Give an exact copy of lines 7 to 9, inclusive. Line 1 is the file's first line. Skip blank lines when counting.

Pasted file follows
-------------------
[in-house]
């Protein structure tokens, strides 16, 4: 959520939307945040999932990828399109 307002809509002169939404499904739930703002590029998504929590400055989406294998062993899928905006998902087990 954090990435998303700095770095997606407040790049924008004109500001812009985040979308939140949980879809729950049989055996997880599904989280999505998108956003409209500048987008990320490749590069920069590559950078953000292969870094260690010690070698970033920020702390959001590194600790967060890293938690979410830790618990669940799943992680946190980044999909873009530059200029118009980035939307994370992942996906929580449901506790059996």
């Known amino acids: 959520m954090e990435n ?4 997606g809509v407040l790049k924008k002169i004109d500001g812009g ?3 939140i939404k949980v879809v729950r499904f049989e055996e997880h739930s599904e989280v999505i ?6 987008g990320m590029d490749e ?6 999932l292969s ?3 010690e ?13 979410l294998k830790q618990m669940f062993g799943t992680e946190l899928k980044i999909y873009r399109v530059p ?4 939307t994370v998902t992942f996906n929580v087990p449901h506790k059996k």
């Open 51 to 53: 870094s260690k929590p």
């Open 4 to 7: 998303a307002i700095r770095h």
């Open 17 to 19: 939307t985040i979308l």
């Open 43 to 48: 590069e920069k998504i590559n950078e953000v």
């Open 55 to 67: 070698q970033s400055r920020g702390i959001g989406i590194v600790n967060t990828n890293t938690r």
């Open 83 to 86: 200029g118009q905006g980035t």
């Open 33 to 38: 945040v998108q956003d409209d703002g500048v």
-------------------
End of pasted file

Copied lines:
């Open 43 to 48: 590069e920069k998504i590559n950078e953000v």
């Open 55 to 67: 070698q970033s400055r920020g702390i959001g989406i590194v600790n967060t990828n890293t938690r």
């Open 83 to 86: 200029g118009q905006g980035t």